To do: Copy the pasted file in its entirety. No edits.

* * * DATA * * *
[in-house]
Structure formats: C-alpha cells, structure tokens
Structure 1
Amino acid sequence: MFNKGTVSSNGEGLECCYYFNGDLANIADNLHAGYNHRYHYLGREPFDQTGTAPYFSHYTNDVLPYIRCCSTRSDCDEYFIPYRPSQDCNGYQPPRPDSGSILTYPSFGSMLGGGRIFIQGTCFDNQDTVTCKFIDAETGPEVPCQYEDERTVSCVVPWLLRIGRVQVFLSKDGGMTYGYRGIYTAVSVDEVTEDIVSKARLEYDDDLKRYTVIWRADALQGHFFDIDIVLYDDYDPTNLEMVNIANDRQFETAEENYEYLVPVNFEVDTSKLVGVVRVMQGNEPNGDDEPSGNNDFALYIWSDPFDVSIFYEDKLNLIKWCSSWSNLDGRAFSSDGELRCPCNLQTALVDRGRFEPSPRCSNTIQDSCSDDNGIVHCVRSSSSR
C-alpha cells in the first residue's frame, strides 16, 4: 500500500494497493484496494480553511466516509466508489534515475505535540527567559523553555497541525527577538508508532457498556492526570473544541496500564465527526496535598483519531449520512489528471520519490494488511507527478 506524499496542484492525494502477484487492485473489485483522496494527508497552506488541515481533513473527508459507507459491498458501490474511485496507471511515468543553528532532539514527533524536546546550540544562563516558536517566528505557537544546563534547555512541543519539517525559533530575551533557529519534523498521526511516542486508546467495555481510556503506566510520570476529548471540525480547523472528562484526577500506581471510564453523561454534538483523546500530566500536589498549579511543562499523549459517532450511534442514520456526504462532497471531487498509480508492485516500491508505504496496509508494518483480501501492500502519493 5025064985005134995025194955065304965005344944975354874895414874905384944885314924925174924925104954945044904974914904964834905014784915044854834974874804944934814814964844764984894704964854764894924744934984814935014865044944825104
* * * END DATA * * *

[in-house]
Structure formats: C-alpha cells, structure tokens
Structure 1
Amino acid sequence: MFNKGTVSSNGEGLECCYYFNGDLANIADNLHAGYNHRYHYLGREPFDQTGTAPYFSHYTNDVLPYIRCCSTRSDCDEYFIPYRPSQDCNGYQPPRPDSGSILTYPSFGSMLGGGRIFIQGTCFDNQDTVTCKFIDAETGPEVPCQYEDERTVSCVVPWLLRIGRVQVFLSKDGGMTYGYRGIYTAVSVDEVTEDIVSKARLEYDDDLKRYTVIWRADALQGHFFDIDIVLYDDYDPTNLEMVNIANDRQFETAEENYEYLVPVNFEVDTSKLVGVVRVMQGNEPNGDDEPSGNNDFALYIWSDPFDVSIFYEDKLNLIKWCSSWSNLDGRAFSSDGELRCPCNLQTALVDRGRFEPSPRCSNTIQDSCSDDNGIVHCVRSSSSR
C-alpha cells in the first residue's frame, strides 16, 4: 500500500494497493484496494480553511466516509466508489534515475505535540527567559523553555497541525527577538508508532457498556492526570473544541496500564465527526496535598483519531449520512489528471520519490494488511507527478 506524499496542484492525494502477484487492485473489485483522496494527508497552506488541515481533513473527508459507507459491498458501490474511485496507471511515468543553528532532539514527533524536546546550540544562563516558536517566528505557537544546563534547555512541543519539517525559533530575551533557529519534523498521526511516542486508546467495555481510556503506566510520570476529548471540525480547523472528562484526577500506581471510564453523561454534538483523546500530566500536589498549579511543562499523549459517532450511534442514520456526504462532497471531487498509480508492485516500491508505504496496509508494518483480501501492500502519493 5025064985005134995025194955065304965005344944975354874895414874905384944885314924925174924925104954945044904974914904964834905014784915044854834974874804944934814814964844764984894704964854764894924744934984814935014865044944825104